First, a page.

Hello friends and sewists.
Do you ever feel like Alice in Wonderland? Never knowing what is coming next? Time seems to go backwards and forwards at the same time? It just doesn’t seem like it should be October yet. It's finally starting to feel like fall this evening as a front from the north is moving in. Fingers crossed. Our temps have been in the 90’s every day. Hoping for some cooler Fall like weather now.
It has been another crazy, crazy year for us all in just about every way. Makes me want to crawl into a cave somewhere and hide. (LOL) But I do “hide” in my sewing studio as often as I can and it usually soothe my soul.
It’s been a real struggle getting fabric the last 18 months. Everything from the manufactures having production troubles to shipping issues, it’s been really hard to get the orders. We’ve been waiting on our lovely, quality 45” muslin now for 6 months. (we have a good supply of the wide muslin). Still waiting on an order from a month ago for beautiful wide backs. And trying to get Christmas prints has been a challenge.
BUT, we did get a few in the last week or so. A fabulous vintage Santa panel with 2 companion fabrics from QT.
Three beautiful, sparkly, metallic Christmas prints and a sophisticated Halloween print from Robert Kaufman. (pix does not do them justice)
Plus a number of back ordered novelty prints. We also have a few more new Halloween prints. Not at all what I was hoping for, but grateful for what we have received so far, with fingers crossed for more to come. We still have some AMB solids at 30% off. Perfect for your stash.
Our cats are safely and comfortably ensconced in their new house and loving it. It still needs a few pieced of trim on the outside and I need to finish the painting, but that project is finally off the main list. So onto the next big project, tearing off the old cat porch and building a new mud room. Let the demo begin.
Every remodel is full of surprises, sad to say, this one is no different. Demolition always is the quickest part of a remodel and Chris loves demolition! Then it slows down as the hard parts begin. First up, a termite damaged and rotted out sill plate on the old house, supporting all the floor joists. (no sign of the termites)
Then another rotted out sill plate on the outside wall. That required wheelbarrow loads of dirt to be excavated out from under the house, by hand, so Chris could get under there to replace the damaged wood and add more support to the main part of the old farm house. Lots of hard work in 90* - 100*F weather. Needless to say it was slow going, but done!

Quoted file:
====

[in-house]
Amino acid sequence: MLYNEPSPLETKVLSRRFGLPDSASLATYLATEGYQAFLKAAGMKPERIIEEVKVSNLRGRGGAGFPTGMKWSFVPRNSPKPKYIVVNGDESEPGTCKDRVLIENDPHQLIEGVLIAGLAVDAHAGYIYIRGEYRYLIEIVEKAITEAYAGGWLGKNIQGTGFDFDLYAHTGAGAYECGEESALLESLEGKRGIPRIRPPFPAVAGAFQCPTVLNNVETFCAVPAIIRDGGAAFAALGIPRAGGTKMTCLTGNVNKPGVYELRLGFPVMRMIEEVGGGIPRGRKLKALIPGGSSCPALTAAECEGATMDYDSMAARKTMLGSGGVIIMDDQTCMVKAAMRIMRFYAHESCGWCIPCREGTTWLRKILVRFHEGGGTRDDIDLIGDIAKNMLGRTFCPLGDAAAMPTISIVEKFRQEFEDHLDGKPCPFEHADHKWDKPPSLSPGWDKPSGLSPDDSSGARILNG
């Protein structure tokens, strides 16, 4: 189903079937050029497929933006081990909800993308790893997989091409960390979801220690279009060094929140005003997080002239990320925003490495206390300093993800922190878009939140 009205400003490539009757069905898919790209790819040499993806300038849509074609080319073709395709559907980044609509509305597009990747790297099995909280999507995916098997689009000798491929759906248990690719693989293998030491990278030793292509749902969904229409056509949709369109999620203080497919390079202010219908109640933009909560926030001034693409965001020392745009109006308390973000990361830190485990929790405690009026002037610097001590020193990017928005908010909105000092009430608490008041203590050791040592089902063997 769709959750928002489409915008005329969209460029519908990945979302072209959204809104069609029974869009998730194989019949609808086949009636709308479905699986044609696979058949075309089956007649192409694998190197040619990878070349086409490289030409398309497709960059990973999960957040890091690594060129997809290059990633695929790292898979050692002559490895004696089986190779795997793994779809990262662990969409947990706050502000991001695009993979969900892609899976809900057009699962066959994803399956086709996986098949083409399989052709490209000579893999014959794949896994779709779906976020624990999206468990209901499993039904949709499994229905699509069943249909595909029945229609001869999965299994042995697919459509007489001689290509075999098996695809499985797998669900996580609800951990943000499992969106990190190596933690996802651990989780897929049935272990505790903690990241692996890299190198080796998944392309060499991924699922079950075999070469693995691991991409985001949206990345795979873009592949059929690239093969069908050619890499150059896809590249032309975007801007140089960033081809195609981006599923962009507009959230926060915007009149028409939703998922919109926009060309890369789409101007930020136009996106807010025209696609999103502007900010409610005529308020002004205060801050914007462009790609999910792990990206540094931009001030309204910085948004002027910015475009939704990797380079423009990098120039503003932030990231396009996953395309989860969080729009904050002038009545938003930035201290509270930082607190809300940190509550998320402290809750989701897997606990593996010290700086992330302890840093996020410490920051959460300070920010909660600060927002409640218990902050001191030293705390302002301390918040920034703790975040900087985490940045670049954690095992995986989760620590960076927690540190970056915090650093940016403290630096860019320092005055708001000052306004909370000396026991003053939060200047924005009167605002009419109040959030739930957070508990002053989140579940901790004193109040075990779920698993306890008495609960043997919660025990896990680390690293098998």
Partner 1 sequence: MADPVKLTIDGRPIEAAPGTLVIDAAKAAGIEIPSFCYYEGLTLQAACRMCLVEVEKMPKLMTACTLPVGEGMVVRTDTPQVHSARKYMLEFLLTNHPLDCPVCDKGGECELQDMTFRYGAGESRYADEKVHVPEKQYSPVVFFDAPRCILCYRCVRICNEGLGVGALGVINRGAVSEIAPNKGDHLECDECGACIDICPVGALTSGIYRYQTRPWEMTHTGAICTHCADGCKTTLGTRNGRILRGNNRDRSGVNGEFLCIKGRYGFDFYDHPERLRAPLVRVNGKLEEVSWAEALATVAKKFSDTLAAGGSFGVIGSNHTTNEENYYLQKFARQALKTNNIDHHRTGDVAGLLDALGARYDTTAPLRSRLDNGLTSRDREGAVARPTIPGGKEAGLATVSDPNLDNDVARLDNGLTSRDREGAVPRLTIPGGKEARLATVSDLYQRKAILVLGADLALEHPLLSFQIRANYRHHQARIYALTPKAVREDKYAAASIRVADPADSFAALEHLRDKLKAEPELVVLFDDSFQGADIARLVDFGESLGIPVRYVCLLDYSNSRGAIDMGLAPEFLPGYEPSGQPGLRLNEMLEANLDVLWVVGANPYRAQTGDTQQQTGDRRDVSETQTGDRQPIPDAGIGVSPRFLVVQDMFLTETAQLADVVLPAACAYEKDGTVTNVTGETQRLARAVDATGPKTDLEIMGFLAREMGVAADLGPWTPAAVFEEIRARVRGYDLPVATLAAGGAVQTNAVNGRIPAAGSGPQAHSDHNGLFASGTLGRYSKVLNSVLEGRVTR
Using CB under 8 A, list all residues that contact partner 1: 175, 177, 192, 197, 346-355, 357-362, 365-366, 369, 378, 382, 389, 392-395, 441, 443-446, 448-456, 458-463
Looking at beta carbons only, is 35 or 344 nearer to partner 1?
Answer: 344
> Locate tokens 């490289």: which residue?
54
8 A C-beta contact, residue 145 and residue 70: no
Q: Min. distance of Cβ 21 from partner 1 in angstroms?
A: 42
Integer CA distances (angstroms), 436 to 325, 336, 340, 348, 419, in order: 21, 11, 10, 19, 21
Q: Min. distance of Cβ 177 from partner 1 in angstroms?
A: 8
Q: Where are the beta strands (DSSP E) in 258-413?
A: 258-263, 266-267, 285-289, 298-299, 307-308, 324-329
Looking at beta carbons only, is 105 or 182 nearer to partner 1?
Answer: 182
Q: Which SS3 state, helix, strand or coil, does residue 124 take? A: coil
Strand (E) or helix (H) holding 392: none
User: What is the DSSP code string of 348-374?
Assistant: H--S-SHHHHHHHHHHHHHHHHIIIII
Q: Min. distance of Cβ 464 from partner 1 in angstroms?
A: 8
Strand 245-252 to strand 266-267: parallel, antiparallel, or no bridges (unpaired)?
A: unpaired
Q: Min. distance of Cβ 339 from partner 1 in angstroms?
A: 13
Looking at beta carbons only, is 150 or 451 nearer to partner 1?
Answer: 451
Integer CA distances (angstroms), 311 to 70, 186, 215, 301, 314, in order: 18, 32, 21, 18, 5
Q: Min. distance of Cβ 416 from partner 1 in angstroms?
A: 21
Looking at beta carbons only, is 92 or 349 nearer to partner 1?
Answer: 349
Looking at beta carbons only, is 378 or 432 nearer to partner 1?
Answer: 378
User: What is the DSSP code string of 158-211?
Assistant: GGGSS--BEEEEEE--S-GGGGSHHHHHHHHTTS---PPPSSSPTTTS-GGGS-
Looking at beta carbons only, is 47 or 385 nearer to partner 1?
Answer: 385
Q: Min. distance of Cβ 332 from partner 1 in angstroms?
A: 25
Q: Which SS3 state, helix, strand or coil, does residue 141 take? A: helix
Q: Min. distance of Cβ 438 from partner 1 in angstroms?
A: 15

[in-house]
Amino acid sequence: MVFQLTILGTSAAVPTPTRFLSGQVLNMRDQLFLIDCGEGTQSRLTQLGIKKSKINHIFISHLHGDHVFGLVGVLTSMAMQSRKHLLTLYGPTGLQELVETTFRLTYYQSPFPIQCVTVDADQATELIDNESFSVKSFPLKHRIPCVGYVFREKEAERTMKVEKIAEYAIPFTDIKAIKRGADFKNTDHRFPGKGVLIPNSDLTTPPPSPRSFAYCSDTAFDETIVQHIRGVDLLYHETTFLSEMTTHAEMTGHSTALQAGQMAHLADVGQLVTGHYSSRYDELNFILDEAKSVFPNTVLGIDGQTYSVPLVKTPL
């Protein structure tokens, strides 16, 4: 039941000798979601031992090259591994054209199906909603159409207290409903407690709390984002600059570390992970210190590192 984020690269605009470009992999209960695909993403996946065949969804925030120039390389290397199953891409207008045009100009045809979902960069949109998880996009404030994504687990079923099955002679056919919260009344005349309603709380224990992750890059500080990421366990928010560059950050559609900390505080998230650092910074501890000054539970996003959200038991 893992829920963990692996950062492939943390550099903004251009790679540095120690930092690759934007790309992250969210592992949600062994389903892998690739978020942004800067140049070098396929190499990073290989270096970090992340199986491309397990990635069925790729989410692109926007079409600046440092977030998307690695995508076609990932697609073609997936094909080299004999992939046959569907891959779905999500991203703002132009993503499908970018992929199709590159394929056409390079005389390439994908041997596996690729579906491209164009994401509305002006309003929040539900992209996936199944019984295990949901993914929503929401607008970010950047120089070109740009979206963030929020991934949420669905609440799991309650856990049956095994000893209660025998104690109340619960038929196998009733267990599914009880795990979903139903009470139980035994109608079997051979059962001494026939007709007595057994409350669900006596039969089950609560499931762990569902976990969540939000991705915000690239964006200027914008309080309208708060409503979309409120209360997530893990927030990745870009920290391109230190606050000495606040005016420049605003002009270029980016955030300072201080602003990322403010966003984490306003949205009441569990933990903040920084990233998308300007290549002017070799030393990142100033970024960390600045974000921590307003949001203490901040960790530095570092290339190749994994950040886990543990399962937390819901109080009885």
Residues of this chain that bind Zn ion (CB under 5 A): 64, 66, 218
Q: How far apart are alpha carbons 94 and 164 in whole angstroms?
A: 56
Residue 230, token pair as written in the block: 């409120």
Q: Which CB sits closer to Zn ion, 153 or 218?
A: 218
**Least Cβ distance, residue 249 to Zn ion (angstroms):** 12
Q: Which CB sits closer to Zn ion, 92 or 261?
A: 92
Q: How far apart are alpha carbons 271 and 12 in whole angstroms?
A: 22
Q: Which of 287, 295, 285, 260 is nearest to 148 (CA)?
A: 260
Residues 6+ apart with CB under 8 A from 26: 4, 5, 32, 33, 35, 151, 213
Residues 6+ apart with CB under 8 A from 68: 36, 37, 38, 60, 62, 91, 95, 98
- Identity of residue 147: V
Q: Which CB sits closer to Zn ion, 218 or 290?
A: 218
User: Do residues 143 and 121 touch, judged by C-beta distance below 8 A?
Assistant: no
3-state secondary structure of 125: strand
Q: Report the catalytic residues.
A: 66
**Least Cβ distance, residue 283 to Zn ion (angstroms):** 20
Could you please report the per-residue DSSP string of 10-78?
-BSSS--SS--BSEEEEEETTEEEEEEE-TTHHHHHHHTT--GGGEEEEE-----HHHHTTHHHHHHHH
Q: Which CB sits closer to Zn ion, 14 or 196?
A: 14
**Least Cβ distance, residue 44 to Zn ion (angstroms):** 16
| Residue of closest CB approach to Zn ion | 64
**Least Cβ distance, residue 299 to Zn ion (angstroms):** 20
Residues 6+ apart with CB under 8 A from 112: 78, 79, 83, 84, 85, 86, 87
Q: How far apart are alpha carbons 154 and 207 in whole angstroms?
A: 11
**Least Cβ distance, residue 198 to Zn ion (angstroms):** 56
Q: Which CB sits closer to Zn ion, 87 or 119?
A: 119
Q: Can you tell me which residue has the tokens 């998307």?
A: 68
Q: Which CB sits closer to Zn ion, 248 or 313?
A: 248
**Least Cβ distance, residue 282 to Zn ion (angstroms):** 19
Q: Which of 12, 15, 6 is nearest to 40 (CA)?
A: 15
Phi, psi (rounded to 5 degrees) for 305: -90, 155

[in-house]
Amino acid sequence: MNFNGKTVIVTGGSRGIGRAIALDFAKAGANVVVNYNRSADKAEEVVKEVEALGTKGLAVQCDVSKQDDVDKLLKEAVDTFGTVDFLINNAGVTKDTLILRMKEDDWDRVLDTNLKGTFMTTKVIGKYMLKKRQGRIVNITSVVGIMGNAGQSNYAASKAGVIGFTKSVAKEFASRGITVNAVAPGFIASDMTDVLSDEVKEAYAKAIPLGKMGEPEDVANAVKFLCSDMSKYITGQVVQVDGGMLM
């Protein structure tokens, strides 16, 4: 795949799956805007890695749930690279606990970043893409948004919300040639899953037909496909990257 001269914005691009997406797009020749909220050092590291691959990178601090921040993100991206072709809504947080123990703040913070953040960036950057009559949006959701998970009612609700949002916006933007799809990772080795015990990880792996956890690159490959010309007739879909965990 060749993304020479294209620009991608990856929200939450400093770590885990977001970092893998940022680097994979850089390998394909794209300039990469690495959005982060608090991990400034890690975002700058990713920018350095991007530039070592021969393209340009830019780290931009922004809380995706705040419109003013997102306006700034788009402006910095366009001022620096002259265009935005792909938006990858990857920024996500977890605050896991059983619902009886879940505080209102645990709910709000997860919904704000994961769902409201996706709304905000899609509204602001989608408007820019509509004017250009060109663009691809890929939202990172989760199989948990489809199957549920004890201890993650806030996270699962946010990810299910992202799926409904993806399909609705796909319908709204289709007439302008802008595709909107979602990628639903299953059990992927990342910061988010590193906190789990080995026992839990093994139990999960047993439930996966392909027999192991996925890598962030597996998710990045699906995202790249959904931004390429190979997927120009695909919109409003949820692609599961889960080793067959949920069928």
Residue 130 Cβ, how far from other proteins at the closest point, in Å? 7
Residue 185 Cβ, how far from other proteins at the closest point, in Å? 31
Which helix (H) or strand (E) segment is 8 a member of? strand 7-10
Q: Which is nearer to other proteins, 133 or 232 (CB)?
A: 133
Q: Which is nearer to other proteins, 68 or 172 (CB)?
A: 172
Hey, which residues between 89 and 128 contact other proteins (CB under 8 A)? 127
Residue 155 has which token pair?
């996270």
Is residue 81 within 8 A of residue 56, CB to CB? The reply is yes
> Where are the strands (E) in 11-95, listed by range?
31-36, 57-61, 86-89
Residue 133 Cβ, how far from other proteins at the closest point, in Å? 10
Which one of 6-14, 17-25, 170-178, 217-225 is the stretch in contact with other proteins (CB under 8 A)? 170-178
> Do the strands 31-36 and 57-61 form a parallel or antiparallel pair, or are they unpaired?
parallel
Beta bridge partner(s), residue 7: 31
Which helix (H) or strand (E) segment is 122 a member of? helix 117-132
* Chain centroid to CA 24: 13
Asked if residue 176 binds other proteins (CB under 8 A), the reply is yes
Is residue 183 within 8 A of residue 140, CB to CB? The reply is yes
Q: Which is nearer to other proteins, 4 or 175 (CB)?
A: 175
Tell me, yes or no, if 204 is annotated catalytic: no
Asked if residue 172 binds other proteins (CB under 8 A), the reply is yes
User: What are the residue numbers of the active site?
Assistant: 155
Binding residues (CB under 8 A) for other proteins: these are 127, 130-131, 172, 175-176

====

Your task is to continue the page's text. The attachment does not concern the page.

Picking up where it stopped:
On to the reconstruction. Leveling and framing done, sheeting finished, window and door installed and new entrance porch built. It’s looking better all the time. Still lots of work, but it’s weather tight now.
PLEASE a reminder: My cut off date for quilting guaranteed by the 15th of December, is November 1. The line up is getting longer so don’t delay if you need me to longarm your quilts.
Stay safe, be smart and Keep sewing!
The shop is Open Wednesdays only from 10 am to 4 pm but you can always shop the website. littlecottagequiltshop.com
[Many of you have ask why we are only open 1 day a week. A lot of quilt shops have closed due to the struggles of the past 2 years. This is our way of continuing to remain open for your benefit. Don’t forget the website is available for you at anytime. We ship within 24 hours of receiving orders. We really appreciate your cooperation in this.]
Tip of the Month
October 2021 Tip:
When you are quilting your project on your domestic machine, work in diagonal lines with the bias. This will allow you to adjust the fabric to avoid pleats with the movement of the sandwich. I usually do a diagonal grid.
Safety protocols are still in effect, we are trying to make sure everyone is safe. PLEASE, honor these:
Face masks must be worn correctly at all times while in the shop
Please use the hand sanitizer before entering the shop (provided by door)
Social distancing - a minimum of 6 feet apart
If you don’t feel well, PLEASE stay home
FYI: we are fully vaccinated, but many aren’t. Please respect the well being of others
Thank you so much for your respect and cooperation.
for further information call 830-589-2502
email : firstname.lastname@example.org
web orders or shop pick-up: littlecottagequiltshop.com
We are here to help you as much as we possibly can.